Volume 46, Issue 10 p. 5436-5444
Research Letter
Free Access

Methane Sources in the Waters of Lake Michigan and Lake Superior as Revealed by Natural Radiocarbon Measurements

DongJoo Joung

Corresponding Author

DongJoo Joung

Department of Earth and Environmental Sciences, University of Rochester, Rochester, NY, USA

Correspondence to: D. J. Joung,

[email protected]

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Mihai Leonte

Mihai Leonte

Department of Earth and Environmental Sciences, University of Rochester, Rochester, NY, USA

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John D. Kessler

John D. Kessler

Department of Earth and Environmental Sciences, University of Rochester, Rochester, NY, USA

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First published: 30 April 2019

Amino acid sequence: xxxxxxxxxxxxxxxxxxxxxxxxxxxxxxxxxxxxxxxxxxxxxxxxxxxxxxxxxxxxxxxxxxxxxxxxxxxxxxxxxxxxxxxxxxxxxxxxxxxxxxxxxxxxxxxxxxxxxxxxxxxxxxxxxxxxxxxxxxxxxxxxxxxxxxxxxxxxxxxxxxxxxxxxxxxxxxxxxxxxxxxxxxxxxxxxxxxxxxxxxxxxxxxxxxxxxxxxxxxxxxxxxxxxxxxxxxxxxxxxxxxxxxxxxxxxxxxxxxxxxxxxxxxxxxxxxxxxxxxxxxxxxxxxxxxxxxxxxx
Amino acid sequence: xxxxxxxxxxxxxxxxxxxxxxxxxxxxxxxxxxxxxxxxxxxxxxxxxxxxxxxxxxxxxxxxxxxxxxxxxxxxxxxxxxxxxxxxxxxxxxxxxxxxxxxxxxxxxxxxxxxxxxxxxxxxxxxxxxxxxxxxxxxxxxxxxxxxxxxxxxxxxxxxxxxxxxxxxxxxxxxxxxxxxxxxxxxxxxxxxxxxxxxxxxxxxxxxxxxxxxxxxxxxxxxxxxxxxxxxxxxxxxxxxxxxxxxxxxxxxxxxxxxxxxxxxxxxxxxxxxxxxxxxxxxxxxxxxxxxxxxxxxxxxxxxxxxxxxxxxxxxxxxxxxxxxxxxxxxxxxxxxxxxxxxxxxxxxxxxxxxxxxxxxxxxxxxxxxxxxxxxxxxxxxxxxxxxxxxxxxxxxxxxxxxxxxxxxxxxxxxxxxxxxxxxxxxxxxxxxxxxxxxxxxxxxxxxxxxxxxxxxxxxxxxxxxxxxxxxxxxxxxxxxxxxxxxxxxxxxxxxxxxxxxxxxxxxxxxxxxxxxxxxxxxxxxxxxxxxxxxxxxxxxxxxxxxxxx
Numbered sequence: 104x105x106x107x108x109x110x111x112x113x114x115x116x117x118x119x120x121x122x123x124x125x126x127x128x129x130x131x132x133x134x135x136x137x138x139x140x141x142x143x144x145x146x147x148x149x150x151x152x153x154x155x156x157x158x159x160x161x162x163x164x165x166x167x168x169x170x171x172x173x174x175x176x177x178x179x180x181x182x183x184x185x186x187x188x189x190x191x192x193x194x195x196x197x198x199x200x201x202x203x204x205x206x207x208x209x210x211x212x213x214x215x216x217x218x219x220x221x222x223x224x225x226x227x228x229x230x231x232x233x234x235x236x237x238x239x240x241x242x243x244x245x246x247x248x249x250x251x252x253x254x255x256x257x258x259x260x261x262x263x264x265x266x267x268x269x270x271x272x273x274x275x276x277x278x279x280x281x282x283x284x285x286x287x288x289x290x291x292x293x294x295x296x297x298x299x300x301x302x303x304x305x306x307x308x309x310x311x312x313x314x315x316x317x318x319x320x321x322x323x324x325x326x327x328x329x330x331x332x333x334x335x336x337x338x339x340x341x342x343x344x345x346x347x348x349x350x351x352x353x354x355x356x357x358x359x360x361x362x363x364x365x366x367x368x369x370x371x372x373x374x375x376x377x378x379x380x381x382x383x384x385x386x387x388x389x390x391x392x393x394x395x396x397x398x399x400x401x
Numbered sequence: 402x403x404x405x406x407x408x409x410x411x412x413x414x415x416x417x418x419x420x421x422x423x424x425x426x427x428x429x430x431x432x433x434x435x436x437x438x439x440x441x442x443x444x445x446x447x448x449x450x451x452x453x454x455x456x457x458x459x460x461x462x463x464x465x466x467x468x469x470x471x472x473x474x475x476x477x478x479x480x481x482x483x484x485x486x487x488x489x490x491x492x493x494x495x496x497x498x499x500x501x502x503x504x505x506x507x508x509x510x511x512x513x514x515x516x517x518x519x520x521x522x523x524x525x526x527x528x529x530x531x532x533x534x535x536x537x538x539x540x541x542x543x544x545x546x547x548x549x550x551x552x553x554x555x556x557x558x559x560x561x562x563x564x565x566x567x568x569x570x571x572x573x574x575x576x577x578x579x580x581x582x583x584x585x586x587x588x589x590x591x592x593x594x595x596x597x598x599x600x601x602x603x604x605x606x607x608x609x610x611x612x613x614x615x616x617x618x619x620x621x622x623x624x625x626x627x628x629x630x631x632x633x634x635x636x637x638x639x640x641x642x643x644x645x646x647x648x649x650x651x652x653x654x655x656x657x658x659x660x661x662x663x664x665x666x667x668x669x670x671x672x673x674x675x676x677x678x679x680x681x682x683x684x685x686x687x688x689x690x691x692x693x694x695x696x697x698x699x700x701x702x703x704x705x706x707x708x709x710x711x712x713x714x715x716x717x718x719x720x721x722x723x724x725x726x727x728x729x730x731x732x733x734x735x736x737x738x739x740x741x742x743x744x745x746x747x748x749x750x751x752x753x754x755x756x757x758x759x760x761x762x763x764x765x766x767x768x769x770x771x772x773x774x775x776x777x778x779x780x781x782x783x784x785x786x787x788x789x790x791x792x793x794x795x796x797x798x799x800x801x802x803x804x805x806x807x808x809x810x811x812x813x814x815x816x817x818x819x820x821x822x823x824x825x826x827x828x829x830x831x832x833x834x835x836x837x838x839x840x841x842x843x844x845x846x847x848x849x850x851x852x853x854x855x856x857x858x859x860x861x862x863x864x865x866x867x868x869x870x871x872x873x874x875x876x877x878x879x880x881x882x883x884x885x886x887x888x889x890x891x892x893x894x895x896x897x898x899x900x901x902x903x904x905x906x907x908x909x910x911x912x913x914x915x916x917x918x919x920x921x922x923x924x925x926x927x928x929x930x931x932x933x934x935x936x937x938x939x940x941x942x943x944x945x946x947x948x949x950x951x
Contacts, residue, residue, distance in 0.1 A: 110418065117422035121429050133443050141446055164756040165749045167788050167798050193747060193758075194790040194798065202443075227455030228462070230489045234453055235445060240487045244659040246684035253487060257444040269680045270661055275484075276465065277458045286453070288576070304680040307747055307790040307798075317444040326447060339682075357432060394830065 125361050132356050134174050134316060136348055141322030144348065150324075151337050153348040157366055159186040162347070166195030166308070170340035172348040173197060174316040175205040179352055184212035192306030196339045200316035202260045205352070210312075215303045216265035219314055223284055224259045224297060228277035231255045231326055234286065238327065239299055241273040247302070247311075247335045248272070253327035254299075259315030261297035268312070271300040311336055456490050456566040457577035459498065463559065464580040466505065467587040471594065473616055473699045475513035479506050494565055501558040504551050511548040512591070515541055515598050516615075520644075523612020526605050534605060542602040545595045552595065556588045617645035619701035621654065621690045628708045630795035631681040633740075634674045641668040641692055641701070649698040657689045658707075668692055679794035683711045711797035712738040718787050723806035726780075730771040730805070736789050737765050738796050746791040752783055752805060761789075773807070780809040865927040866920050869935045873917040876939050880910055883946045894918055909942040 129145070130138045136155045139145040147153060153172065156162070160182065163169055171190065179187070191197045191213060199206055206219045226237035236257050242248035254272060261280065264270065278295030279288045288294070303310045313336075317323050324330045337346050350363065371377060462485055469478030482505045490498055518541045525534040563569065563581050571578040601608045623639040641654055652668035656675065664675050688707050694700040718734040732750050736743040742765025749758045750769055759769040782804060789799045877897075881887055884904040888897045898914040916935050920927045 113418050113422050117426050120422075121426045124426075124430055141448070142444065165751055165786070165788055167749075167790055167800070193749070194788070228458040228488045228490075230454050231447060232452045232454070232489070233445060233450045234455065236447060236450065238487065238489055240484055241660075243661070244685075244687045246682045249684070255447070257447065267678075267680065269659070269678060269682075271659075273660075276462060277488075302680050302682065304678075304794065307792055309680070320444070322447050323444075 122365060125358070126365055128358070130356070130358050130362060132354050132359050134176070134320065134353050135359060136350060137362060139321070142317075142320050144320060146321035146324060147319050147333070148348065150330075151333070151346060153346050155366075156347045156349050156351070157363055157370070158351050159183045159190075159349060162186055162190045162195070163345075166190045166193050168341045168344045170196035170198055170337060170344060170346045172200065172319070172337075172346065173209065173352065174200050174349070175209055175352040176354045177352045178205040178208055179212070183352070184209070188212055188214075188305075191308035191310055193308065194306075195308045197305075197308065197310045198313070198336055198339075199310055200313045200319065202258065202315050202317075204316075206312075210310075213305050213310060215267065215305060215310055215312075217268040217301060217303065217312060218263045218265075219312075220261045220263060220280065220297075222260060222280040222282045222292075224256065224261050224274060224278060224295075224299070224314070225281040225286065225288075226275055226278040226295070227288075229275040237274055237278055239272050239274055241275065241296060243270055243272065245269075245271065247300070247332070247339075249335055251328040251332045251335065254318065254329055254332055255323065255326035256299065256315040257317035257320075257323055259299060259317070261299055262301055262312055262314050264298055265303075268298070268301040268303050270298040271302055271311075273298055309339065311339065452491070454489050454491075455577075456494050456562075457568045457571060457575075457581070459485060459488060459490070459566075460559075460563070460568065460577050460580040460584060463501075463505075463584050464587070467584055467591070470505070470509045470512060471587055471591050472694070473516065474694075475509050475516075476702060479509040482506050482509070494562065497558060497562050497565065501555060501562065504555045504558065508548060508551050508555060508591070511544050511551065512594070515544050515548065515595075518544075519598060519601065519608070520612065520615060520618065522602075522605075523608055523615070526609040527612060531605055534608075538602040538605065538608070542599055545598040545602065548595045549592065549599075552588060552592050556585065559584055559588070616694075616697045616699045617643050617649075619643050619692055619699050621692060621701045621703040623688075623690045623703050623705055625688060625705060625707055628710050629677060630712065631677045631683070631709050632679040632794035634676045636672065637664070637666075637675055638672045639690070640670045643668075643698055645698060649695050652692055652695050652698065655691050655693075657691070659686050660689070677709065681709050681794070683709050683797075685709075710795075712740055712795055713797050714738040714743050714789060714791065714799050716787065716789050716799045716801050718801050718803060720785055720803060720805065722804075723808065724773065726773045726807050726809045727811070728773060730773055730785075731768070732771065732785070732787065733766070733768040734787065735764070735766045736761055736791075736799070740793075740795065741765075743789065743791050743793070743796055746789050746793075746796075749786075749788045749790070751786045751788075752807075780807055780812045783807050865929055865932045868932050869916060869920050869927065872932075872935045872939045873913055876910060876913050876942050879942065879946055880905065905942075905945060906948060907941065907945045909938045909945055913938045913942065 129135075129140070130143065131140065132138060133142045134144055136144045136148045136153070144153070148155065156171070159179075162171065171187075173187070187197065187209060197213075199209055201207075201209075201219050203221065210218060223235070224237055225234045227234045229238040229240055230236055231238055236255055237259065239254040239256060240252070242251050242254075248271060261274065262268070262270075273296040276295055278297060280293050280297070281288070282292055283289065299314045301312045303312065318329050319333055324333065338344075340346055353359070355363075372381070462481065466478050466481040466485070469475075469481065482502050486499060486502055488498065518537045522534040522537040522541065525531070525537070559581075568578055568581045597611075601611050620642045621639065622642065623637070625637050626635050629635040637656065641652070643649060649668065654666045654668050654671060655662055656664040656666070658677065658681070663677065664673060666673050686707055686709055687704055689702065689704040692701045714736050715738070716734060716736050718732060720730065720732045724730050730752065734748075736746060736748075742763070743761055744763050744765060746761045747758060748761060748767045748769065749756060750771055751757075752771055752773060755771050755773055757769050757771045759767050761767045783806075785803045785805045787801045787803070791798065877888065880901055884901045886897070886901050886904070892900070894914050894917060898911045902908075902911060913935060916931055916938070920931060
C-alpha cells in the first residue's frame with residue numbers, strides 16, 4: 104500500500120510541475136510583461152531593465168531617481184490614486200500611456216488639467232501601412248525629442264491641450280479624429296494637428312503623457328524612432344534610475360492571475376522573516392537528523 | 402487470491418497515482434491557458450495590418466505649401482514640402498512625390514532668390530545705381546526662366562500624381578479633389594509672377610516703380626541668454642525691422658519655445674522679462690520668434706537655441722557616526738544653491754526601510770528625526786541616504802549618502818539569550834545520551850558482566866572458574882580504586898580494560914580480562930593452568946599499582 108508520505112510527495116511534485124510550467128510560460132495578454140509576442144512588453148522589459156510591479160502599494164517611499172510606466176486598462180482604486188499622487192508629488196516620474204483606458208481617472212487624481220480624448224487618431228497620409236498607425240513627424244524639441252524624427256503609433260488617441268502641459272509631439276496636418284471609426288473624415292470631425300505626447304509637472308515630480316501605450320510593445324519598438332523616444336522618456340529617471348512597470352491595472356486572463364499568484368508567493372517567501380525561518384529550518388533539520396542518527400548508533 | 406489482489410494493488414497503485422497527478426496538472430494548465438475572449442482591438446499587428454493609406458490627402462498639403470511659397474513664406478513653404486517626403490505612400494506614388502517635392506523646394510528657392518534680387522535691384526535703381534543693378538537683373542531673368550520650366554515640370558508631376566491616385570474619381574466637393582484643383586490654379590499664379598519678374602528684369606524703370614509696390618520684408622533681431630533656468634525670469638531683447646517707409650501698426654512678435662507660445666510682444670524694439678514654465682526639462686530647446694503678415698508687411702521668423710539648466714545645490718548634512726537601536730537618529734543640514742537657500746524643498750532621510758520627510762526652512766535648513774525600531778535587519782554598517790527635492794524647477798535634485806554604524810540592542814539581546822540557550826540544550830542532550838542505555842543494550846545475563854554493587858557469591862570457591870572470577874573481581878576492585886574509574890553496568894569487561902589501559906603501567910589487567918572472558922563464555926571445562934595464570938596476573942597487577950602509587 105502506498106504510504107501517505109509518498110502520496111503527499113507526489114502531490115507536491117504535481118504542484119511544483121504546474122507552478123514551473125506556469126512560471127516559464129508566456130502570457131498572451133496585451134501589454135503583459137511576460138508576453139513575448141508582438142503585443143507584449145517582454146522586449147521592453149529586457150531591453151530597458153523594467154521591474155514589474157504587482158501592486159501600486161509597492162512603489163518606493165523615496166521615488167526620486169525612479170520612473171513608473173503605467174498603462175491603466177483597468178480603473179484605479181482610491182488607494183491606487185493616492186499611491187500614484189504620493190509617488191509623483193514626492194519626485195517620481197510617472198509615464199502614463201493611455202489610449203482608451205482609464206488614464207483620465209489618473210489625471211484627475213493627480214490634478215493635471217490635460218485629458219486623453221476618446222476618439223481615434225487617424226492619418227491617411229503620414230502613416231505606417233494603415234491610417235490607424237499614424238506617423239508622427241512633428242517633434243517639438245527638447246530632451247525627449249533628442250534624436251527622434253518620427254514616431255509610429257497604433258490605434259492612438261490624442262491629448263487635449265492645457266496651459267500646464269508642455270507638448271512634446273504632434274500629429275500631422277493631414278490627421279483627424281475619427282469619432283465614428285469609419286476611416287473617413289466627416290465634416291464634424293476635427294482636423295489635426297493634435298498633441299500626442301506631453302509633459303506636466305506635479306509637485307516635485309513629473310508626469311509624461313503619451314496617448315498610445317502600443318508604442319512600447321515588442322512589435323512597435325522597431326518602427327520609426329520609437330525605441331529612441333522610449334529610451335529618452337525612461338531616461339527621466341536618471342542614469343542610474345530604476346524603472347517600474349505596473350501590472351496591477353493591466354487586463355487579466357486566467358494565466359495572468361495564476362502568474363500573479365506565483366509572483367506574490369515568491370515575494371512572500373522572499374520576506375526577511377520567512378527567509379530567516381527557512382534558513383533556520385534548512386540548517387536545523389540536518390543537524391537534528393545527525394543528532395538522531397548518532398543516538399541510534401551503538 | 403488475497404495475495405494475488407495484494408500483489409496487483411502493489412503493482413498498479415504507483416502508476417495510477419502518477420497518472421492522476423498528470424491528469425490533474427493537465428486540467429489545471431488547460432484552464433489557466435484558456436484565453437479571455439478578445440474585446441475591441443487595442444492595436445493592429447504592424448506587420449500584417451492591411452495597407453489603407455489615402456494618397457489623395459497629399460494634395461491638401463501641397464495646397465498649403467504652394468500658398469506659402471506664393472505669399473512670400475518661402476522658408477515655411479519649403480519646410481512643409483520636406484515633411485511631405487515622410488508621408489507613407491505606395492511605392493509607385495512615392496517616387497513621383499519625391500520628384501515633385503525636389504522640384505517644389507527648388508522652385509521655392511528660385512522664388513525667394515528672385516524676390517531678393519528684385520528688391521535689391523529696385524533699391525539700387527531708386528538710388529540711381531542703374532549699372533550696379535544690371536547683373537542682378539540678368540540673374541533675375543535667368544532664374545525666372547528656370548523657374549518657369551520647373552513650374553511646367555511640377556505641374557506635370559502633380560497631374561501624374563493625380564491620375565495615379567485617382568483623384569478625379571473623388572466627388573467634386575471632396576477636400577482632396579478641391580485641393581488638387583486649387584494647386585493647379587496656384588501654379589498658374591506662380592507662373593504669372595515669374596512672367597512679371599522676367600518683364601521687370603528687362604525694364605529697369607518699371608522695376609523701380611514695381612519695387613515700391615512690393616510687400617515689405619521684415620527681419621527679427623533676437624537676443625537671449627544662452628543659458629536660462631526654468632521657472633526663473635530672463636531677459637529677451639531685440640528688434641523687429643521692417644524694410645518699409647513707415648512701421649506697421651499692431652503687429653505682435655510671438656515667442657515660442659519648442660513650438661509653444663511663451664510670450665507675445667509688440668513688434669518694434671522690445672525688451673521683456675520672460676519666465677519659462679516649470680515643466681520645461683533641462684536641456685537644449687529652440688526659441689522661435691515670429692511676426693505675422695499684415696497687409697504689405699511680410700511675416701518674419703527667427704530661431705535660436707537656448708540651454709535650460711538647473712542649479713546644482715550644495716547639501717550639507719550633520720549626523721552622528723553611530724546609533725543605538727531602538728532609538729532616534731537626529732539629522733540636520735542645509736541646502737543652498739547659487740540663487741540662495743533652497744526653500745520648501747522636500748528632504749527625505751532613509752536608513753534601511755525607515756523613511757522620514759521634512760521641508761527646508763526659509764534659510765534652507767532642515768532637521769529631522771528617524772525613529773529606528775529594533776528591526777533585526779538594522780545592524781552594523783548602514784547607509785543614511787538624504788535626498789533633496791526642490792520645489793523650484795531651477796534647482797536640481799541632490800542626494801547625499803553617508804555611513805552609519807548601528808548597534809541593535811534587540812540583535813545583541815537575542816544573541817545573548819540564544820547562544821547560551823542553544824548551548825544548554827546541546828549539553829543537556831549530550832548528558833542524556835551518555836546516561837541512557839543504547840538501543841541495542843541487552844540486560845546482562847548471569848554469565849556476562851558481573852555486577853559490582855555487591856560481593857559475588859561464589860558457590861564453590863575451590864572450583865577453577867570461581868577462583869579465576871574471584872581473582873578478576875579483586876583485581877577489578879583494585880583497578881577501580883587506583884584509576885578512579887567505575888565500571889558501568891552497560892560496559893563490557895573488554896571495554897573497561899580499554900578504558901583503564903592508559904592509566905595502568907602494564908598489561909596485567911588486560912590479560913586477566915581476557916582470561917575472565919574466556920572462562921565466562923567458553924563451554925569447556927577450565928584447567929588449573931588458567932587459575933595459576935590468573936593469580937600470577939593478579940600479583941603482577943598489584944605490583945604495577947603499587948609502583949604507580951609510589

Citations: 8


The methane dynamics in the waters of Lakes Michigan and Superior, components of the North American Great Lake system, were investigated using measurements of methane concentration and natural radiocarbon (14C-CH4) dissolved in these lake waters. All 14C-CH4 measurements were above modern levels regardless of location and depth with a range of 117-145% modern carbon (pMC). Methane concentrations in the deep basin of both lakes were low, ranging from 3.3 to 4.3 nM, with minimal vertical variation. However, the concentrations of CH4 increased toward coastal areas in both lakes, possibly due to higher groundwater inputs and aerobic methanogenesis associated with primary productivity. Except for one site, 14C-CH4 dissolved in the waters of Lake Michigan was greater than in Lake Superior by ~12 pMC, a difference that was likely due to inputs of excess 14CH4 from nuclear power plants along the coast of Lake Michigan.

Key Points

  • The sources of methane dissolved in the waters of Lakes Michigan and Superior, components of the Great Lake system, were investigated
  • Natural radiocarbon measurements of methane indicate that the methane source in both lakes was largely from the atmosphere
  • In situ aerobic methanogenesis, groundwater inputs, and nuclear power plants also appear to contribute to the methane source

Plain Language Summary